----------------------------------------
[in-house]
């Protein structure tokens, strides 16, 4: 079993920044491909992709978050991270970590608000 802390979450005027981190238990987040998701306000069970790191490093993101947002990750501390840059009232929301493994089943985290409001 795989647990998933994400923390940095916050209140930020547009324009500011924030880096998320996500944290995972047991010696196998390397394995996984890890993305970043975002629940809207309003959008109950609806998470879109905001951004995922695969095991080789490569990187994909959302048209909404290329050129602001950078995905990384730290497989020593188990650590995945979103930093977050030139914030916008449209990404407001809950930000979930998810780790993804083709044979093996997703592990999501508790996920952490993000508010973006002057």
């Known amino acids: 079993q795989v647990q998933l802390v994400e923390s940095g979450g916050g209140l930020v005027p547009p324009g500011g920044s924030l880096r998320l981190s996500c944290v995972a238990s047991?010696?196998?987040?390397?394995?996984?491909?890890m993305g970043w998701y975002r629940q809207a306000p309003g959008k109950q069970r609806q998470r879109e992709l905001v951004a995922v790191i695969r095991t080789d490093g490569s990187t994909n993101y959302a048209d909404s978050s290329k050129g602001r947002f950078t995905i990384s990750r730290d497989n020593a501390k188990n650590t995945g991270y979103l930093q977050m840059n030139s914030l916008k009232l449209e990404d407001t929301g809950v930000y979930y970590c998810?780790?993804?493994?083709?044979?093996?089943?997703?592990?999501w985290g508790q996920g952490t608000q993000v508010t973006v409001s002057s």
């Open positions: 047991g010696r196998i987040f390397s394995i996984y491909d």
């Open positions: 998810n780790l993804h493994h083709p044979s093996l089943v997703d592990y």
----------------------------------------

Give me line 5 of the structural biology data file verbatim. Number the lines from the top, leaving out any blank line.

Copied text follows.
């Open positions: 998810n780790l993804h493994h083709p044979s093996l089943v997703d592990y």